I was watching some episodes of the Second Season of Dark Angel about a week ago when something struck me. While Jessica Alba, Michael Weatherly, and Jensen Ackles (YES! YES! *ahem*) are very good actors, it was still obvious as I watched why this season was its last.

A successful show has to have multiple components that jive and end becoming more when brought together. Also add in a little luck, a decent time slot (so it can be discovered), and hopefully minimal executive meddling.

Components going into the show would be the actors, the special effects crew, the filming crew, the support staff, the creator, the music (one ignored a lot), and the writers. If any one or two of these components have issues or don’t mesh well with the others, what is filmed can turn out adequate or sub par, even if the other pieces are outstanding.

Of all these, probably the most critical are the actors and the writers. You can have the best actors in the world, but if the story bites, they won’t be able to carry it. Inversely, you can have the greatest story ever, but if the actors can’t bring it to life, it will come across as stale and boring.

Yet it seems like fans forget that shows are more than just the faces they see on the screen. That the very success of the series they love so much, is dependent on more than just those they can physically see.

Let’s take Dark Angel’s second season as an example of what can go wrong. The main character, Max, escapes Manticore and tries to go back to the life she had before the final showdown in season one. Unbeknown to her, she has been infected with a DNA specific virus which will attack Eyes Only when she comes into physical contact with him. She does, and he almost dies. Since they are the love couple of the show, this throws in a nice angsty dynamic for the writers to play with. Introduced into this season are Alec, another bio-engineered warrior like Max, whose morals tend to play on the loose side of life, and Joshua, one of the first successful DNA cross experiments.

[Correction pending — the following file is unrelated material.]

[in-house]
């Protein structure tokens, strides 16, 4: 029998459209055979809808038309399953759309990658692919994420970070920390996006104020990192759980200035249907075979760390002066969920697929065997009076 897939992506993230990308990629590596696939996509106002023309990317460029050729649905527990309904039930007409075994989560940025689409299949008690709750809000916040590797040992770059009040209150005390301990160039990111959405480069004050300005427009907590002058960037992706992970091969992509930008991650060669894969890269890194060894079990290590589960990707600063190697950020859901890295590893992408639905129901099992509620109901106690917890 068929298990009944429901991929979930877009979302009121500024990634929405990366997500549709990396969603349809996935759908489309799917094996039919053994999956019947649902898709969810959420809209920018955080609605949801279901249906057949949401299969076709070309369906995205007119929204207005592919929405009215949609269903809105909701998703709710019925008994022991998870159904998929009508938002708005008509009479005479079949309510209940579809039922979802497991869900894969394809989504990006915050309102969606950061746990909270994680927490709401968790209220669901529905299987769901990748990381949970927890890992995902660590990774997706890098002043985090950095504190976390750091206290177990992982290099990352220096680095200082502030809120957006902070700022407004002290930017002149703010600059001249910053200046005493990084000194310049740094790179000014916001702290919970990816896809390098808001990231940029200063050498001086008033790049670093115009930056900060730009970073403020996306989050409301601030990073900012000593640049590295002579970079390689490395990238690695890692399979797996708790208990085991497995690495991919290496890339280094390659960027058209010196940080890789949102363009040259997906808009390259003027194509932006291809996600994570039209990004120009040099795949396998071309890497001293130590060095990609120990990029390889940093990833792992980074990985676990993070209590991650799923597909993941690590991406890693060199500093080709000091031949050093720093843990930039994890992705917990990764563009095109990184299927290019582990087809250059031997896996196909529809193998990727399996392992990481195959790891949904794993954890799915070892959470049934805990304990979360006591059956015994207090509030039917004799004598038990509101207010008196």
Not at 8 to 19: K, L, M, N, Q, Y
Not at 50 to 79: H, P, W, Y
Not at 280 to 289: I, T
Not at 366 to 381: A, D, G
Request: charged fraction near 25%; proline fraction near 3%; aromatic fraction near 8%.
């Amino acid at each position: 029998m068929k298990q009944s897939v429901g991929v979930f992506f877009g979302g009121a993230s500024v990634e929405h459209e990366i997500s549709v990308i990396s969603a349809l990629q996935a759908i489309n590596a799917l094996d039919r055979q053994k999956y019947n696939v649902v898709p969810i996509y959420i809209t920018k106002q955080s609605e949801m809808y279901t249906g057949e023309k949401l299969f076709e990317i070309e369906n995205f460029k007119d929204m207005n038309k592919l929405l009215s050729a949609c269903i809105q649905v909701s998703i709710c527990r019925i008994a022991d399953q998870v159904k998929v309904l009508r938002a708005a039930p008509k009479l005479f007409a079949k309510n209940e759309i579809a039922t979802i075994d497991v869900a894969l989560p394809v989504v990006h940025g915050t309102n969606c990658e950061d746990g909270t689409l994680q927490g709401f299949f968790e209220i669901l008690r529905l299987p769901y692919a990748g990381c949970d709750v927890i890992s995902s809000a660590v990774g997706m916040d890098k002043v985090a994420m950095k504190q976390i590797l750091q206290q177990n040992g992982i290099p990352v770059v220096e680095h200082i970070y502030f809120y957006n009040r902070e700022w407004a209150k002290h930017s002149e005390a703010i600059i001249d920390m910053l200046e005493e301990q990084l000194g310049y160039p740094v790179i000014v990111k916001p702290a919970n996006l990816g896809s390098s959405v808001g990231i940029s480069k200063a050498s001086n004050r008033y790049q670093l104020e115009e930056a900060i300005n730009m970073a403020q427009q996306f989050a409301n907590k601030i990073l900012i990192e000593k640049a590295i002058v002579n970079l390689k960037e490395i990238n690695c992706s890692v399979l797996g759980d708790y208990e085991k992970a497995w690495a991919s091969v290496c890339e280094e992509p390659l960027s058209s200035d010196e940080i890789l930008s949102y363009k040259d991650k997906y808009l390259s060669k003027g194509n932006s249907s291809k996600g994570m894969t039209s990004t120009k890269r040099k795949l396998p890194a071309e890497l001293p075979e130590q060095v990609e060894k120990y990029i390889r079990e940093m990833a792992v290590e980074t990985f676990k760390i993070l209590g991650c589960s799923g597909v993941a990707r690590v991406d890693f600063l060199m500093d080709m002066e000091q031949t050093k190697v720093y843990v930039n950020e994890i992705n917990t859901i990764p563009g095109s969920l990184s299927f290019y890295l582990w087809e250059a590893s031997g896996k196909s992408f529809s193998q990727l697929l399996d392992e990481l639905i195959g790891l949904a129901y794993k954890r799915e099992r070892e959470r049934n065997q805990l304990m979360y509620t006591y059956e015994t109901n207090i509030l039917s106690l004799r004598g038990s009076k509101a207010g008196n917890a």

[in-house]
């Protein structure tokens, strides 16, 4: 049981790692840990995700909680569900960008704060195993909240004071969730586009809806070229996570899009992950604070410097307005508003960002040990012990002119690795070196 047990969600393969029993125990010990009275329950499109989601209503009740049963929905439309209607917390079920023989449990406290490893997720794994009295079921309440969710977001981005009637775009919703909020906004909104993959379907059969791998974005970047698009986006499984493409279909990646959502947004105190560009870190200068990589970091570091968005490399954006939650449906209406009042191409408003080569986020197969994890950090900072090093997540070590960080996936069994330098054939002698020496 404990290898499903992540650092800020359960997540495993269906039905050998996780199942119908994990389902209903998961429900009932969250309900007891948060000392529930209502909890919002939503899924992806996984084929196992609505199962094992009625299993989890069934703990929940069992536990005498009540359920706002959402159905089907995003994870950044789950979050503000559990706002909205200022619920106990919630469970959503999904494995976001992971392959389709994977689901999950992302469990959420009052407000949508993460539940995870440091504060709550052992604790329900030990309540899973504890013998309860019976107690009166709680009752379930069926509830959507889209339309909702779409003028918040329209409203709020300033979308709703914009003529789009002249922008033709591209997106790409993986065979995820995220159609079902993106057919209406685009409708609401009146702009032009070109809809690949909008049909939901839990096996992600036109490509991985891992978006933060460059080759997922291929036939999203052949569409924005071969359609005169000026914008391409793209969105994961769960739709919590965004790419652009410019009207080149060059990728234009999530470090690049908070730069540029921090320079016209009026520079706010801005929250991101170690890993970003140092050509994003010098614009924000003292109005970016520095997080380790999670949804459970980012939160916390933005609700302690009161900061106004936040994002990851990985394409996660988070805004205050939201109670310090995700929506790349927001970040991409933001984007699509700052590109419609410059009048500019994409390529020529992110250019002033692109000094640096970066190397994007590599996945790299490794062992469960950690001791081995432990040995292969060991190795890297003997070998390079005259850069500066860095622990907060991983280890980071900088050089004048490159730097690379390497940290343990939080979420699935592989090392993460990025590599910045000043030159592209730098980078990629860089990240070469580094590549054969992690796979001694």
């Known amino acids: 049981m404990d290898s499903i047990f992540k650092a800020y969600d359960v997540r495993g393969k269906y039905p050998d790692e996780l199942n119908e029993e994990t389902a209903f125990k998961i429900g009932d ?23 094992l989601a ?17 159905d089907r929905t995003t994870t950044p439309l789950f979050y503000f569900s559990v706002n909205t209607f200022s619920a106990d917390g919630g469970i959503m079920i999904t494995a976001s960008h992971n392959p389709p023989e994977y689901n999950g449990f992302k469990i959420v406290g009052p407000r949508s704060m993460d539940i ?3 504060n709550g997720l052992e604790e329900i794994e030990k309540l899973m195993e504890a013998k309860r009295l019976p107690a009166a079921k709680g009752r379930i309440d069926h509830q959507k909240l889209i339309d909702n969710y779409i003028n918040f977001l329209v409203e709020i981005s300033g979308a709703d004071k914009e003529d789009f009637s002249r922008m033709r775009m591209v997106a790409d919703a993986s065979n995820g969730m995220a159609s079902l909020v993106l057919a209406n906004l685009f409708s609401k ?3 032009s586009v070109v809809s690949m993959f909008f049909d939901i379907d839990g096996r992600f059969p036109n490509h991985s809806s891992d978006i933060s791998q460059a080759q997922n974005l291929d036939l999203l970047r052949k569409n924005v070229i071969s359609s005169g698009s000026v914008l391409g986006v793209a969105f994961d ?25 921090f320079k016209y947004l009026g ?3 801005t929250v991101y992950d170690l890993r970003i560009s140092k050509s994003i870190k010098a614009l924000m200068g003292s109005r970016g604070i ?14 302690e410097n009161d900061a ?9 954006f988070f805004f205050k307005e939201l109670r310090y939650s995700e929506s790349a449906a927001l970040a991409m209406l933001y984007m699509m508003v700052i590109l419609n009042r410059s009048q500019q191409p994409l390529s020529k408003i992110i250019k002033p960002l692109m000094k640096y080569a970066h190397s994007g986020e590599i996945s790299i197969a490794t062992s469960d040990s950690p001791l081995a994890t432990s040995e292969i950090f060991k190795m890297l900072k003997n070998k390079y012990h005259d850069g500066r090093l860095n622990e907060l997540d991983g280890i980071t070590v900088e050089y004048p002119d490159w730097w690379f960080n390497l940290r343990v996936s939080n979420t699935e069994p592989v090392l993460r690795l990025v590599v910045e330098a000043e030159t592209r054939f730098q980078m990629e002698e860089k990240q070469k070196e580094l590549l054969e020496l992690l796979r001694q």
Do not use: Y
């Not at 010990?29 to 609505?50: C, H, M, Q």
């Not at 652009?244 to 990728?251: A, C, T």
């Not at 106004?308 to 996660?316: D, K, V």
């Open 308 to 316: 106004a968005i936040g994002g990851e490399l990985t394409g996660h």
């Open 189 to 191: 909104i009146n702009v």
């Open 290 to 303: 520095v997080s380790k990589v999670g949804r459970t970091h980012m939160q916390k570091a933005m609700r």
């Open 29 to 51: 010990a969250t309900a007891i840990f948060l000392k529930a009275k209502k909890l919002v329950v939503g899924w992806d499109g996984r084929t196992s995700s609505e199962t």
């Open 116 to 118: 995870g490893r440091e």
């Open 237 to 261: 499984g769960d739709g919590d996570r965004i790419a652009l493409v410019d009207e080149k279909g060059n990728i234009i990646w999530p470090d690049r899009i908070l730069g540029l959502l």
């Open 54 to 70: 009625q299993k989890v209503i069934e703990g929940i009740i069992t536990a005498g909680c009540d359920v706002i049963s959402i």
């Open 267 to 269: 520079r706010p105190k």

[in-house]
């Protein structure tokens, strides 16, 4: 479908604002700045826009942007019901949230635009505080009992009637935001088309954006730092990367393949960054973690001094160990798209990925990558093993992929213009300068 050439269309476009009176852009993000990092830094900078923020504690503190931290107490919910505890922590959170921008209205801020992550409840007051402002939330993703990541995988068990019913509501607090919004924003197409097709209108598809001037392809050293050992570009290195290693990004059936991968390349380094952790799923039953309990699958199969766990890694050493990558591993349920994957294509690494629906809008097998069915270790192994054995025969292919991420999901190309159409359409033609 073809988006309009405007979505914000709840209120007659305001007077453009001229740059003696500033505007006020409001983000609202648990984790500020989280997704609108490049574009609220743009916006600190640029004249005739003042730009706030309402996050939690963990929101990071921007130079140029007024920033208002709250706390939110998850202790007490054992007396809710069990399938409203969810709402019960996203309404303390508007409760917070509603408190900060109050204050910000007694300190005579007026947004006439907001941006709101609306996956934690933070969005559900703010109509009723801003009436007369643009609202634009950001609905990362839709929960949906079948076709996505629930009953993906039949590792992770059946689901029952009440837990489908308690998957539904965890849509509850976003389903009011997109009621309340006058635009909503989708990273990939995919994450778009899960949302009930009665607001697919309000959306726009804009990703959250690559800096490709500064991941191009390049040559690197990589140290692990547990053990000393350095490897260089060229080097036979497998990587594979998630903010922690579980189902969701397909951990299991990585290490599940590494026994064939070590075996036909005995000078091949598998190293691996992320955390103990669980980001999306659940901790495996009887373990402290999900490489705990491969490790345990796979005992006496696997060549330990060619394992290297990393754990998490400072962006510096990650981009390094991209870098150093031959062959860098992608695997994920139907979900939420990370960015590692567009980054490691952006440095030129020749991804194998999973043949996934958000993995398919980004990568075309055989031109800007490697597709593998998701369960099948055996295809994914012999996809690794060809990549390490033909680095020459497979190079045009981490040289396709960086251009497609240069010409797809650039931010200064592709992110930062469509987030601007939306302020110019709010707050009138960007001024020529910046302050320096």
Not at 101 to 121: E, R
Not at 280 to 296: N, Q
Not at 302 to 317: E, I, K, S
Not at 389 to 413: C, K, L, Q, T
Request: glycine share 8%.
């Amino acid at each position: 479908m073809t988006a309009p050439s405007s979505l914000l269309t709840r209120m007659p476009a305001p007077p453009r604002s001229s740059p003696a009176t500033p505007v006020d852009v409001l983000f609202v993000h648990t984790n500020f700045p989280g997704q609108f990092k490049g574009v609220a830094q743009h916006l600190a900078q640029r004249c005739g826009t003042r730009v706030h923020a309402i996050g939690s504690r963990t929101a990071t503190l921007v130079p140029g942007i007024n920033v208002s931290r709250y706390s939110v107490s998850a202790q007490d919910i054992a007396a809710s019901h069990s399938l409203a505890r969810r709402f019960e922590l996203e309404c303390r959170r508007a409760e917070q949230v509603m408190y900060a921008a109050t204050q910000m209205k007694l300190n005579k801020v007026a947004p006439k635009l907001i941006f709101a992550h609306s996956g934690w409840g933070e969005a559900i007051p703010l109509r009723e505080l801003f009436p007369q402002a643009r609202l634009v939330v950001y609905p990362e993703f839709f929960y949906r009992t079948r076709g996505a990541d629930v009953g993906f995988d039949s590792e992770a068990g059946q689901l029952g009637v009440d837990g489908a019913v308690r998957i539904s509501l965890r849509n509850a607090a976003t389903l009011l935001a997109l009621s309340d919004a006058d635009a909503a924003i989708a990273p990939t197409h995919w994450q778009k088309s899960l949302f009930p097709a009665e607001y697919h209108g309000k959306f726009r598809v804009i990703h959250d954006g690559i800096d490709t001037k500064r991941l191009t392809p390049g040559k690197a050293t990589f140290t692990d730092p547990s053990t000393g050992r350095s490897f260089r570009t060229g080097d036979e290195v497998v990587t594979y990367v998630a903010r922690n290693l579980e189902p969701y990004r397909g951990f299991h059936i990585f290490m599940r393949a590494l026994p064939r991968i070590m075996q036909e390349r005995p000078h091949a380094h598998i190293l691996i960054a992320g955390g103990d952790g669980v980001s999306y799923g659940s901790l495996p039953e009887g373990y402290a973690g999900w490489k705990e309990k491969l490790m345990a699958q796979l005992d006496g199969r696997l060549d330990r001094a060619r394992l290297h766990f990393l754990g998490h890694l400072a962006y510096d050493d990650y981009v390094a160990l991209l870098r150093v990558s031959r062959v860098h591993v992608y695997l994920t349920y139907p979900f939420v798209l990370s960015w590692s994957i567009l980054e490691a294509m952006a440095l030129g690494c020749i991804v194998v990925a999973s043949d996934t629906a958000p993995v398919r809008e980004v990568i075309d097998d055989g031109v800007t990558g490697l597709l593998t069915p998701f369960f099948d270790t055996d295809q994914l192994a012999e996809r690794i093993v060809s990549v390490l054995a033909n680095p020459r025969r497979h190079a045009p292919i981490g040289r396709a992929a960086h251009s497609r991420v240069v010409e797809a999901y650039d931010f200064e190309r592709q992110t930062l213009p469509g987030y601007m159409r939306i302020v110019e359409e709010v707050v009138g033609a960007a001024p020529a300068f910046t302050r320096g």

While Jessica and Michael do very well with the brooding and downhearted expressions as they search fruitlessly for a cure for the virus, and Alec throws in some spice just by his general quirkiness and sex appeal, the stories that their efforts are put into, do not live up to the talents being evidenced. Several new side characters come across as caricatures rather than people to be taken seriously as threats, and tend to suck away from the show rather than add to it. The Halloween episode looks to have been intended to be comedic, but falls pretty much flat – in a society such as the one they live in, the comedic element takes away rather than adds. Then throw in some convenient hackneyed plots so we get the bio-engineered freak of the week, and no matter how much talent oozes from the main actors, nothing can save this. Which was a total pity, as the world, most of the character, the angst venues, and several plot threads had a lot of potential.

Luckily there are a lot of shows, Sci-fi and other, that do end up getting all the right ingredients together to where they sing to the audience. Firefly was one (doomed by those execs! Stay out of things!!!). The writing was crisp, the actors awesome, and there was a rapport between them and those they worked with on set that came through every episode. Boston Legal is much the same, and they take you from the ludicrous to dead weeping serious. Supernatural has top notch actors, incredibly sneaky and evil writers who beneath a monster of the week venue weave threads for season long plots almost to where you do not see them until the bigger plot hits, very good special effects, and one added thing this show does squeeze out to awesome effect is the music! 80’s rock thrown in for effect and topic, giving an added layer of depth to the stories, something you just don’t see much of in TV land.